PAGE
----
There are many reasons that a person may want to learn chess as an adult. It’s an enjoyable pastime, for one, and a fulfilling hobby with low start up costs. Maybe you want to fill your extra hours after retirement with a mentally stimulating activity. Maybe all of your friends play and you’d like to join in, or your child or grandchild is beginning to learn and wants you to play with them. Maybe you’d like to reap all the proven mental benefits of playing chess; including decreased risk of Alzheimer’s, improved focus, higher IQ, and sharper problem solving skills. Or, maybe you’ve just discovered a sudden, random interest in the game. Whatever the reason may be, chess is a great game that you’ll never regret spending the time to learn.

How to Learn Chess as an Adult

Many of the beginner books, websites, and other resources surrounding chess are written for children, but there are some that are not. Reading through instructional chess books like Irving Chenev’s Logical Chess: Move By Move or Jeremy Silman’ The Amateur’s Mind can lay a solid foundation for you to build off of. Of course, there are also a multitude of free resources available on the internet for adult beginners.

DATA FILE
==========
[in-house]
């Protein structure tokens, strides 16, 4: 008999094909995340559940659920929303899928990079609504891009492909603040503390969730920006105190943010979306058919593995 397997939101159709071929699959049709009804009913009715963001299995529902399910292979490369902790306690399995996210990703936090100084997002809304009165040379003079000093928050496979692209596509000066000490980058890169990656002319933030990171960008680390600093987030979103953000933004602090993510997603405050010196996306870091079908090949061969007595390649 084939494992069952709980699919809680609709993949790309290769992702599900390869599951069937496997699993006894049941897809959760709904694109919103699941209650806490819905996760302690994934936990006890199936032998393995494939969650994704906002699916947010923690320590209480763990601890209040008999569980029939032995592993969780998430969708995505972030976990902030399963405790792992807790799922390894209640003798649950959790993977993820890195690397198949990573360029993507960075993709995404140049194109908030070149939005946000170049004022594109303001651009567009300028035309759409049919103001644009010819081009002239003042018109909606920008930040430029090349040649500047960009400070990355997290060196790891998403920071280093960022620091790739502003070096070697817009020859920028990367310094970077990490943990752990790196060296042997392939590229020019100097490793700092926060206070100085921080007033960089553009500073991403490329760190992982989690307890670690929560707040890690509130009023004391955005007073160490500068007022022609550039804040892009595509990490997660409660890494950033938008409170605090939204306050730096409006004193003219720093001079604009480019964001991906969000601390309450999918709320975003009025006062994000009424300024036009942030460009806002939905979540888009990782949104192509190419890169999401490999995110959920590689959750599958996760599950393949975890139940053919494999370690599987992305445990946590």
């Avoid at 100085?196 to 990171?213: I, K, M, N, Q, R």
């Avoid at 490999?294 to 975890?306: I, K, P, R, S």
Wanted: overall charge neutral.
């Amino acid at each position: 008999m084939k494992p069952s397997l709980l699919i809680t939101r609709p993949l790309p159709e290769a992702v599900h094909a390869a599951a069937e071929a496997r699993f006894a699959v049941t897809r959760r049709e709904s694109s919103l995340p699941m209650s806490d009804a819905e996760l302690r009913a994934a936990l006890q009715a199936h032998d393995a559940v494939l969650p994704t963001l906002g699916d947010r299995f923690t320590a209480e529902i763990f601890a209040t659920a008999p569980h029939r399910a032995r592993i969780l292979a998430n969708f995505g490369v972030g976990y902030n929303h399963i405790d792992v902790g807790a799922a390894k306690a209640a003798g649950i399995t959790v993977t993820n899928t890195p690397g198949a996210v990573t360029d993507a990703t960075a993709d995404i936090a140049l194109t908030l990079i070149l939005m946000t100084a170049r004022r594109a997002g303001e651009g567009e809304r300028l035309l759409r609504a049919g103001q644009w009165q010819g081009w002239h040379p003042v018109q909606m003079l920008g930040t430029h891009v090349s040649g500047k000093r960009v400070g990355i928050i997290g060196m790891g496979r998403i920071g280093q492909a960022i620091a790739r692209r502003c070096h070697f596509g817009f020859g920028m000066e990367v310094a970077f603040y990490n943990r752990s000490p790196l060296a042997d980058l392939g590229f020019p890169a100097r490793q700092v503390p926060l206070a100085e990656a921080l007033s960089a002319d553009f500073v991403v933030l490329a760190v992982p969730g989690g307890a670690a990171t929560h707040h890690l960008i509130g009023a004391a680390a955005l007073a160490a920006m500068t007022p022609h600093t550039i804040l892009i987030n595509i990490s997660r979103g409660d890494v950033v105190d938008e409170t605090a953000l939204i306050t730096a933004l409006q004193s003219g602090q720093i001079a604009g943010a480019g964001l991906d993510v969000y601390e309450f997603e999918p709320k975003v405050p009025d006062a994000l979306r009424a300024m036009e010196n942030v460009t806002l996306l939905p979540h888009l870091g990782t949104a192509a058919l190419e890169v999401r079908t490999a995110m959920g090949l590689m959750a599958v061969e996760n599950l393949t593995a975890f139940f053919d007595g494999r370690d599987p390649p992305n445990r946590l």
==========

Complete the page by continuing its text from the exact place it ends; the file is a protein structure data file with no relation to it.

Chess Set With A Book On It

Reading through instructional chess books can lay a solid foundation for you.

You may also consider hiring a chess coach or teacher to work with you. This is a highly effective option because the teacher can offer you individualized attention and lessons particular to your personal playstyle that no book or website can match. You can ask questions of a chess teacher and get responses in real time, and he or she will tailor your lesson plans to address your own specific strengths and weaknesses on the chess board. If you’re really serious about learning chess and want to get to a high level as quickly as possible, hiring a chess coach for yourself is the best way to go. Of course, if you don’t want to make the investment and are very self-motivated, you may be able to do just as well with the resources you can find online or in a bookstore. The choice is yours! Also, if you just want to be able to enjoy the game and aren’t worried about getting to a particularly high level of play, free resources will likely suit your needs just fine.